If you are a conservative you will love the detail of the book. If you are Liberal you may begin to understand how the conservative ideology was battle tested in '64 and how it later used that huge defeat as a source of strength in the eighties and nineties. Most of all if you want to know more about the truth of the sixties, read this book. Perlstein shows that alot more than just flower power happened during that complex decade.
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61 of 64 people found the following review helpful By Steve Iaco on June 9, 2001
Format: Hardcover
Aficionados of U.S. political history, regardless of their political persuasion, will immensely enjoy Rick Perlstein account of the pivotal Presidential election of 1964. Given Johnson's lopsided majority -- the largest landslide to that point in U.S. history -- the 1964 contest would appear, on the surface, to be uninteresting. However, 1964 was pivotal not for who won, but who lost and why. Perlstein, an avowed Leftist himself, adroitly recounts the rise of the new Conservative movement, which flexed its political muscles for the first time with the nomination of Barry Goldwater. Ironically, as Perstein shows, pundit after pundit proclaimed the Conservative movement stillborn following Goldwater's pitiful 27-million vote total (compared with Johnson's 43 million). It would be, Perlstein points out, one of the greatest political misjudgments in U.S. history, as the next 30 years would attest.
"Before the Storm" has much to commend it. A few of the more interesting anecdotes include:
* Clifton White's brilliant, secretive Draft Goldwater campaign and his tactical genius in out-flanking the Rockefeller/Scranton/Lodge partisans at the convention;
* the internecine struggle for the soul of the young Conservative Movement between Welch's John Birch Society and Buckley's National Review;
* the rise of the Young Americans for Freedom, which would dwarf its better known liberal counterpart, Students for a Democratic Society;
* the role of Bill Moyers, the holier-than-thou PBS personality, in pioneering a new advertising genre: the political attack ad.
* the dramatic political debut of Ronald Reagan, with his acclaimed "A Time for Choosing" speech -- broadcast nationally on election eve.
I could go on and on. "Before the Storm" is neither a paean to, nor an attack on, the Conservative Movement. Rather, Perstein's account is thorough, well researched and even handed. A MUST read for political fans of all stripes.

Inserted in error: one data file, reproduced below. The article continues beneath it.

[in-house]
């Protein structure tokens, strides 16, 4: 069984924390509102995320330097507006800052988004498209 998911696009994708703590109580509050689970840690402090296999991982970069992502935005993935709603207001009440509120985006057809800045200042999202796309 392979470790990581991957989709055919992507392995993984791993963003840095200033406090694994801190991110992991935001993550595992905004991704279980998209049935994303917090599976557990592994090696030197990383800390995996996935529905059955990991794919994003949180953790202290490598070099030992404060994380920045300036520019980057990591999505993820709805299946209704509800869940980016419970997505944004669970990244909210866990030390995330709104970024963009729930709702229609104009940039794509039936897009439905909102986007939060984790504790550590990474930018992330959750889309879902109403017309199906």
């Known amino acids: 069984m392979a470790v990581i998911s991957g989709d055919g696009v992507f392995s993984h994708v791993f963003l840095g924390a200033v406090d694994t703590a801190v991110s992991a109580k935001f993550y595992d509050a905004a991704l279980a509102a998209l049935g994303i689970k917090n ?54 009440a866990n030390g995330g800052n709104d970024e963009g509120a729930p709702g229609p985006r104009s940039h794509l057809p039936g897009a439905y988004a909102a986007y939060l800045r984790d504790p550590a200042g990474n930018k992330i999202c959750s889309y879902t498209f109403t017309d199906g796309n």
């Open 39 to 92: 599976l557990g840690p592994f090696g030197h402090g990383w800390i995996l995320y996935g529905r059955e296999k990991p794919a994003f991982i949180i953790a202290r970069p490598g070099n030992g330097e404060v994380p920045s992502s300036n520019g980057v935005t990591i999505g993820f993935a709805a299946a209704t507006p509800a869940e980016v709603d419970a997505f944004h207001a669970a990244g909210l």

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24 of 26 people found the following review helpful By Max J Rosenthal on May 22, 2005
Format: Paperback
Quite simply, this is an amazing work. It starts as the book the cover would suggest it is: tightly focused, part Goldwater biography and part tale of the conservative movement's early days. By the end, however, the story is less Goldwater and the election and far more a sweeping survey of American life in the early 60s. The campaign fades away, Perlstein masterfully weaves in tales of the civil rights movement, demonstrations, and other events, and Johnson becomes as central to the close of the story as does his opponent. And this only adds to the impact of the book, since both aspects are written amazingly well. Following the Goldwater campaign with all its missteps is as agonizing as the wider diversions are educational. In the end, there is a complete and engaging portrait both of the election and the massive changes in American society that it portended (not to mention how different things are today: the chaos of Goldwater's campaign is utterly surreal in comparison to the machines of current elecitons).

Perhaps most importantly, the book is amazingly even-handed. Perlstein's politics are obvious, but his observations come across as more therapeutic than enraged, almost seeming to sympathize with Goldwater as he tries to fight off the truly lunatic elements. It means that Before the Storm is a book that both conservatives and liberals can and should enjoy. Anyone seeking to understand why politics and society are what they are today should start here.
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71 of 84 people found the following review helpful By Stephen M. St Onge on June 8, 2001
Format: Hardcover
Why should you read this book? Lots of reasons.
First, read BEFORE THE STORM for it's look at the origins of the modern political era. When the polls closed on Election Night '64, the Democrats had just won the Presidency for the seventh time in nine elections, and they held huge majorities in both houses of Congress. The experts debated whether the Republican party could survive, but all agreed that the Conservative movement was dead as vaudeville.
Within two years, the Republicans came roaring back in Congress and the state capitols, and the Conservatives held veto power in the Party. The GOP won five of the next six Presidential elections, captured the Senate in the eighties and both houses of Congress in the nineties, and the only Republican presidential candidates to lose were two incumbents who had shown themselves as not conservative enough for the fire-eaters. Who ordered this?
Perlstein shows how the charges that blew apart the consensus were laid. He follows the people who were determined to create a Conservative movement, and shows how they eventually succeeded in forcing their champion, Barry Goldwater, into running for the office he didn't want.
BEFORE THE STORM also shows us how crazy politics can make people. It's jaw dropping to read of Clarence Manion's efforts to make Orville Faubus into the standard bearer of Constitutional govt. Faubus arguably should have been hanged for treason!
And how many of knew that Barry Goldwater was either a totally incompetent politician, or he deliberately sabotaged his presidential effort? The story of Goldwater's '64 'campaign' is a near-perfect record of doing the wrong thing. Yet it didn't matter.